Easy, impressive potato latkes, for Hanukkah and beyond
Potato pancakes are a Hanukkah tradition, but they also make a fantastic side dish for roast chicken or beef, a festive hors d’oeuvre topped with smoked salmon and a dollop of sour cream, and a positive start to any day topped with an egg.
Special to The Seattle Times
For almost every meal I’ve ever cooked, I’ve taken a head-count, and then planned accordingly. The only exceptions are Hanukkah celebrations; I’ve yet to figure out how many latkes are enough. It’s just hard to argue with a potato pancake that’s fried in oil until the outside is crispy and the inside is tender and soft. The crunchy, salty, ragged bits are especially addictive.
It’s a Hanukkah tradition to eat latkes with sour cream, applesauce, sugar or a combination of those toppings. But they also make a fantastic side dish for roast chicken or beef, a festive hors d’oeuvre topped with gravlax or cold-smoked salmon and a little dollop of sour cream or crème fraîche, and a positive start to any day topped with an egg.
All across the world, wherever potatoes are grown, you can find potato pancakes. They can be made with shredded or mashed potatoes, with or without starch, with or without egg, served buried under toppings or unadorned.
Like many universally loved foods, you can serve latkes regardless of the amount of effort you’re willing to put into them. Trader Joe’s sells them frozen in boxes of 8 for $1.99. They’re stodgier than the ones I dream about, but they take 20 minutes in the oven and you don’t even have to heat any oil. Manischewitz and Streit’s make potato pancake mixes ($2.50 a box, in the kosher aisle of most supermarkets) to which you add egg and water, and then fry. Although you don’t have to deal with any pesky potatoes, the mixes make mashed potato patties.
But latkes are easy to prepare, they make your house smell unbelievably good, and they freeze and reheat beautifully, so even if it’s convenience you’re looking for, there are few dishes that are both more impressive to serve and less expensive to make.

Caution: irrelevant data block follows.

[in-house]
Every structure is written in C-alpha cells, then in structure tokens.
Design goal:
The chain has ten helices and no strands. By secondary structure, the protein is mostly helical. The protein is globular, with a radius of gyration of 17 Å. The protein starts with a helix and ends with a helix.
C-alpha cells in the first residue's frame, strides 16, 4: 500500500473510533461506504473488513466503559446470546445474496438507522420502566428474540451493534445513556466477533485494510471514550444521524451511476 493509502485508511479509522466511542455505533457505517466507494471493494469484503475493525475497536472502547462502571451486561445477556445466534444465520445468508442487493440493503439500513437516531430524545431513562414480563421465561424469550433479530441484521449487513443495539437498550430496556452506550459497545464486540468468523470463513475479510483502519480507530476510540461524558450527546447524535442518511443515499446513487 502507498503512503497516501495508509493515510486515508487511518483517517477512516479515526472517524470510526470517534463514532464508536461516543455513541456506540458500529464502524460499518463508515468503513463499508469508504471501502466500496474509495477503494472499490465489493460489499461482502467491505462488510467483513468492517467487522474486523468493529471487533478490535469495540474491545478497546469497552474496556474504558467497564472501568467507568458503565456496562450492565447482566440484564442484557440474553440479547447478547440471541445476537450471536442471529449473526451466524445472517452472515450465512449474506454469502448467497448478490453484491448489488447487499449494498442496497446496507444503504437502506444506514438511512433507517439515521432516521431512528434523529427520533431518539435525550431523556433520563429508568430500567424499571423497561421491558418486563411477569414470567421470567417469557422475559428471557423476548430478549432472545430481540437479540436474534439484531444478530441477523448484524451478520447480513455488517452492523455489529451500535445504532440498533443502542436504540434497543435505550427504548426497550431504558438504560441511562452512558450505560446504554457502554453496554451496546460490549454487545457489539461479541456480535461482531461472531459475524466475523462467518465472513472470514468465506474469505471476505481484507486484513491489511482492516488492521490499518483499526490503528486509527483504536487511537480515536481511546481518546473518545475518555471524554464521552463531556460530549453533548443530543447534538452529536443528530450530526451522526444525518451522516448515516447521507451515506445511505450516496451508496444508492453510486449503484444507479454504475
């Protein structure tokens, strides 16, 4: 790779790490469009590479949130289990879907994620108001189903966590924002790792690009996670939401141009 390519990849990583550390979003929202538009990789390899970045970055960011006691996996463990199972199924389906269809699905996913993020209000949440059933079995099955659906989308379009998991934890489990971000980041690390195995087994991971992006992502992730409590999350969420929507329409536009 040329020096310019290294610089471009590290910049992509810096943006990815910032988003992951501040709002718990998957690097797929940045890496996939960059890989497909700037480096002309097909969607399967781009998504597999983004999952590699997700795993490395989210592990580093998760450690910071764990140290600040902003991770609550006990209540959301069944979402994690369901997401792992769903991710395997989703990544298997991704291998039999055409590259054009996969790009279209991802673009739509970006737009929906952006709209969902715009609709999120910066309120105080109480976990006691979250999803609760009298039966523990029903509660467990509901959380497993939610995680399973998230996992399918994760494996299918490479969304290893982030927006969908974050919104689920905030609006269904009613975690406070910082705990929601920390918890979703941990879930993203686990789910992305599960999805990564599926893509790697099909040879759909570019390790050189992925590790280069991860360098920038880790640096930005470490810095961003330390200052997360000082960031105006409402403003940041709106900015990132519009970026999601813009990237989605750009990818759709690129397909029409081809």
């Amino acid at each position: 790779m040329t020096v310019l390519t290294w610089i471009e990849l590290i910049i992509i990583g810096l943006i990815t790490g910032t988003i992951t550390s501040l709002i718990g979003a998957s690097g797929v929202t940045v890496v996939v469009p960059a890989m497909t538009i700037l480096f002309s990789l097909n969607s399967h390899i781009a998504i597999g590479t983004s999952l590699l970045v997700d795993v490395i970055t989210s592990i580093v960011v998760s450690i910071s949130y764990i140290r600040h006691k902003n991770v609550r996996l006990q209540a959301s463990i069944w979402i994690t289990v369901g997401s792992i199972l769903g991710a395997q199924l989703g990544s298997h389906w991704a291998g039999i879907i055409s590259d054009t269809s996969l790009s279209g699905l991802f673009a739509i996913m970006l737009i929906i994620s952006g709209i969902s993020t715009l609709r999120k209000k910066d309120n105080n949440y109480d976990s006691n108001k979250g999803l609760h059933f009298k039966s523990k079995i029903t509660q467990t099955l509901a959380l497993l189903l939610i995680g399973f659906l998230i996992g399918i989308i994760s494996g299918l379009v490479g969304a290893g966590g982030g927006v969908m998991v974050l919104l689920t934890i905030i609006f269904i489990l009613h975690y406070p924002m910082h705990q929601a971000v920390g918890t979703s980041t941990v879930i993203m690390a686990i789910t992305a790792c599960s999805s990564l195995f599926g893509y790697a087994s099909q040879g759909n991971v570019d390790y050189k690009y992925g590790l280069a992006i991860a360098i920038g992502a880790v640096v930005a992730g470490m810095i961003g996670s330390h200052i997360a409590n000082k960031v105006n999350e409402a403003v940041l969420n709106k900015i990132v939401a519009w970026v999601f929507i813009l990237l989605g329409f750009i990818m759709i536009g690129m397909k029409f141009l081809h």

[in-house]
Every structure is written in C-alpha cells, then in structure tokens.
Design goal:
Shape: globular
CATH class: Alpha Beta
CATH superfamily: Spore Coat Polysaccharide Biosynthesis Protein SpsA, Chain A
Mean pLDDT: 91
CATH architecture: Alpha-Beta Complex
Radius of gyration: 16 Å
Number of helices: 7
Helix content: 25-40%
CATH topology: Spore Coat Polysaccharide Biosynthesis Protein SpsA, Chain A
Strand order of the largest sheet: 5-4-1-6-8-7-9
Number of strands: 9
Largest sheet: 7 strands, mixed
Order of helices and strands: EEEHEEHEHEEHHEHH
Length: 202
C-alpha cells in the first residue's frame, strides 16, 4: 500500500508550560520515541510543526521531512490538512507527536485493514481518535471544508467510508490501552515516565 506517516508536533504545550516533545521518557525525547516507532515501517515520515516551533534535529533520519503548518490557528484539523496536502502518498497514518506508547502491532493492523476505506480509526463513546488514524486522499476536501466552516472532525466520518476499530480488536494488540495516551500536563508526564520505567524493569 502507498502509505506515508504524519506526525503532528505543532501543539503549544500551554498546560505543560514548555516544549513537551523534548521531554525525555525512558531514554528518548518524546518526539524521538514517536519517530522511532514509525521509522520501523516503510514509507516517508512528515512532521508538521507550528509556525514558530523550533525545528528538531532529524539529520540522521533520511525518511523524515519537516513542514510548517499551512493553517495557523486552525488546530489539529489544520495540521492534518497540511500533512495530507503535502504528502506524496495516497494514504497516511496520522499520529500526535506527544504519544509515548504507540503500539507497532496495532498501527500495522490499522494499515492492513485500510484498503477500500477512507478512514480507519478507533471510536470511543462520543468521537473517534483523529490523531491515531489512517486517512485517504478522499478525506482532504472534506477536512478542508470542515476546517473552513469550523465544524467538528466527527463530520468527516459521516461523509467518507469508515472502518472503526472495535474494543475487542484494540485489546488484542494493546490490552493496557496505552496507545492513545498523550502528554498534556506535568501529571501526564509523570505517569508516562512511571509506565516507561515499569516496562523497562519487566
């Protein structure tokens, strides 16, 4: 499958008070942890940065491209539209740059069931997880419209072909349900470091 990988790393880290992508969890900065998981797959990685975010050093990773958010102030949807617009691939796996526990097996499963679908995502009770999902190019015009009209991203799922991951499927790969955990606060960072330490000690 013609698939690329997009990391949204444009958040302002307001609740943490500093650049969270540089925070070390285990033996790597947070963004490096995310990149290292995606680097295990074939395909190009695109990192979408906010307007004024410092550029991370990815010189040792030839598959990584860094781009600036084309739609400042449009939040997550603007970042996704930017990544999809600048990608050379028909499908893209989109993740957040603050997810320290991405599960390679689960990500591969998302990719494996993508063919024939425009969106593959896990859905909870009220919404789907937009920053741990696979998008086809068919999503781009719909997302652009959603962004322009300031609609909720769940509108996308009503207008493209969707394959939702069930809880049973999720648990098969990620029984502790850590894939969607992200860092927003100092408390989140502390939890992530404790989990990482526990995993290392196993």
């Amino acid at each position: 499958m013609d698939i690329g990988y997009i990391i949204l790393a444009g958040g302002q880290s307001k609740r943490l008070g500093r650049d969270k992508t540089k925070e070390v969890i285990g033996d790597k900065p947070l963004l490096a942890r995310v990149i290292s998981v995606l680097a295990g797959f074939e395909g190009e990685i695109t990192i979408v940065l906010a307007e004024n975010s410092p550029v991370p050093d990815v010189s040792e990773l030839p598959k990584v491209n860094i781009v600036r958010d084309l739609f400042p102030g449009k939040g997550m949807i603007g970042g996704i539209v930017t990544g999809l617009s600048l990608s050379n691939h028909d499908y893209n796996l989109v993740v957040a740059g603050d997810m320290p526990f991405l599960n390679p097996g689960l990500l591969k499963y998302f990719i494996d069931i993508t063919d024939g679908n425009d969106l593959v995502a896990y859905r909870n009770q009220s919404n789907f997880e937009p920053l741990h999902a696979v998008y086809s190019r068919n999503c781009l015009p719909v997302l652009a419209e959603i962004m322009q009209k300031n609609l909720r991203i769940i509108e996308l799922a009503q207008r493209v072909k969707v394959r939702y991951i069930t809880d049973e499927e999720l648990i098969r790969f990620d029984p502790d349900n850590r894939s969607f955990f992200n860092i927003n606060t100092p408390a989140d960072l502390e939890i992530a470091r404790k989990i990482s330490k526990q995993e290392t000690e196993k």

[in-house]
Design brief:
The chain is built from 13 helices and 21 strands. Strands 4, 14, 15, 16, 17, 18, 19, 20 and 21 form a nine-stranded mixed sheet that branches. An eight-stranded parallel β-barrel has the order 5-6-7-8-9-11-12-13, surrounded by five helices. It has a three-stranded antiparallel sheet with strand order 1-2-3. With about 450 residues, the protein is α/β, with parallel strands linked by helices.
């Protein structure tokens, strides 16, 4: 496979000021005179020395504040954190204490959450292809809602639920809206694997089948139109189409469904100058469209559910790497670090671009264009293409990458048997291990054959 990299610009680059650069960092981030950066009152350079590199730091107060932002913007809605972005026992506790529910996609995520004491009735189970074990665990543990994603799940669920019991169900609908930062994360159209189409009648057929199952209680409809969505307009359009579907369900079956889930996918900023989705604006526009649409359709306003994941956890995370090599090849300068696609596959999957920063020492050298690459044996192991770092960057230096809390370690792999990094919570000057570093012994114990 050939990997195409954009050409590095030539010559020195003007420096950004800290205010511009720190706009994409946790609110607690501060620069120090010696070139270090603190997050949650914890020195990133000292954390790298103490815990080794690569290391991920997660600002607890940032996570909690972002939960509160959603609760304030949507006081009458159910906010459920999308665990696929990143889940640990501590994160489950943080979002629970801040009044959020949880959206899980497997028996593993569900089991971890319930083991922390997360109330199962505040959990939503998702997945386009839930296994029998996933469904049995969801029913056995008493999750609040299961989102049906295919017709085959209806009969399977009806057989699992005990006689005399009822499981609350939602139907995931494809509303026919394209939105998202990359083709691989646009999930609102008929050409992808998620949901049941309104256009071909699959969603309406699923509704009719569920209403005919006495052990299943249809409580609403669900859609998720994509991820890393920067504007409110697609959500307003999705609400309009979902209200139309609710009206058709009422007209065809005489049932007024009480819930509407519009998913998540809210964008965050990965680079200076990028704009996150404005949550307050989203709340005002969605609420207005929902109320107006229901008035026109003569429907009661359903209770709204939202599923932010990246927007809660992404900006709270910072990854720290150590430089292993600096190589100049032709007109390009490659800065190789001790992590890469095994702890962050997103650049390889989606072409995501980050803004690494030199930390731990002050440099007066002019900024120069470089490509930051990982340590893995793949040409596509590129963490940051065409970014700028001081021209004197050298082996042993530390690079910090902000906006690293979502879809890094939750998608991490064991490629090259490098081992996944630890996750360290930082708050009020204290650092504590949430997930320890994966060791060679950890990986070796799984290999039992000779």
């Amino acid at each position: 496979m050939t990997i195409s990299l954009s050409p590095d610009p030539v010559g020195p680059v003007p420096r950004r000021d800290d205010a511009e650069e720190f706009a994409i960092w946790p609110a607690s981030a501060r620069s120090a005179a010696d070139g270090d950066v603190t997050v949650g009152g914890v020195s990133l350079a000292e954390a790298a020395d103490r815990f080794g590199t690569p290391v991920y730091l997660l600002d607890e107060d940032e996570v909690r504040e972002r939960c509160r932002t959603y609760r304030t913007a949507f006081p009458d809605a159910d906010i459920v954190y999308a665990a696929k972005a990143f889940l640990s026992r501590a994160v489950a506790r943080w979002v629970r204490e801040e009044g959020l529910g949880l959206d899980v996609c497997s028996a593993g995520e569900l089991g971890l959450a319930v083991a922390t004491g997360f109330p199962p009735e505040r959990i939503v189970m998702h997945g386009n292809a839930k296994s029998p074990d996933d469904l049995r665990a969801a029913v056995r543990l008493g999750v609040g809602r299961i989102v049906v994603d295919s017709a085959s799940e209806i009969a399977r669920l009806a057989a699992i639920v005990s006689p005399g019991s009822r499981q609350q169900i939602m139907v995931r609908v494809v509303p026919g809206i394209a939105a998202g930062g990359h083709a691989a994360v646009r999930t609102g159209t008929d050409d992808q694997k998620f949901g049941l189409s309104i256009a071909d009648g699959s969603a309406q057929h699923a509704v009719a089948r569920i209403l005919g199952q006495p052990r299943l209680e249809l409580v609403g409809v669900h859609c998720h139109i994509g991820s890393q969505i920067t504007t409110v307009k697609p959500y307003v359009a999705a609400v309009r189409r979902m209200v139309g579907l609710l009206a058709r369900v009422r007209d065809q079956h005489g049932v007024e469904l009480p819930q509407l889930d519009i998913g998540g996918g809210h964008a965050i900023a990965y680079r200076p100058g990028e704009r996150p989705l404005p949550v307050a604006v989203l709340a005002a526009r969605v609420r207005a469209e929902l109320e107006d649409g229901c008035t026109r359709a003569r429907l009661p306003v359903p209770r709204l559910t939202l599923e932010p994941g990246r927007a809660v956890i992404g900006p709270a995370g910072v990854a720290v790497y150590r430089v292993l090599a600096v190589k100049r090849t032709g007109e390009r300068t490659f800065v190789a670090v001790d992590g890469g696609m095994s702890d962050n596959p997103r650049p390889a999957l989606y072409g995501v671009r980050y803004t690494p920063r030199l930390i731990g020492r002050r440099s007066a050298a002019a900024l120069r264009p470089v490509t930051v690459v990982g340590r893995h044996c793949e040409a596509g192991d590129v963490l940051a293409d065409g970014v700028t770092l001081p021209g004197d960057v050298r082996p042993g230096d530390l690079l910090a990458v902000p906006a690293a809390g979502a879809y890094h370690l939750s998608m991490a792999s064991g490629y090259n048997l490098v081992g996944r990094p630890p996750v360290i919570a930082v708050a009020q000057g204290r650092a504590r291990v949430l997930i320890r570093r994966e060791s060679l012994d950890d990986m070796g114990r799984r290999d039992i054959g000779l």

For a batch of about 16 2- to 3-inch latkes, start by peeling and grating one pound of russet potatoes and one small yellow onion. This can be done by hand with a grater, but takes about 30 seconds in a food processor fitted with the shredding disc. Lay a clean tea towel or dishcloth on your work surface and put half the grated mixture in the middle. Draw the sides up to contain it, then twist the ends to squeeze out the excess liquid over the sink. Shake out the dried potato into a large bowl, and repeat with the remaining potato. Add 1 lightly beaten egg, 2 tablespoons flour, 1 teaspoon salt, a healthy pinch of pepper, and mix to combine. Heat about ⅛- to ¼-inch vegetable oil (olive oil is more traditional) in a large frying pan over medium heat. You can make your latkes any size, but to maximize crispy edges, I make mine quite small. Fry them until they are golden brown, 3 to 4 minutes per side, and drain on paper towel.
Carrot and parsnip latkes are tender and sweet, and a delicious alternative to potato. Use 8 ounces of each, peeled and grated, with half a small onion. Skip the wringing-out step. Add 2 lightly beaten eggs, ¼ cup flour, 1 ½ teaspoons salt, and pepper, and fry just as you would the potato latkes.
For something entirely different, grate 1 ½ pounds of zucchini. Toss with a couple of teaspoons kosher salt and let sit for 30 minutes in a colander. Wring out as you would potato. Add half a small onion (grated), ½ cup flour, 1 egg, and stir to blend. Taste for salt. Make the fritters small (about 2 inches). Serve with tzatziki.
Leora Y. Bloom is the author of Washington Food Artisans: Farm Stories and Chef Recipes.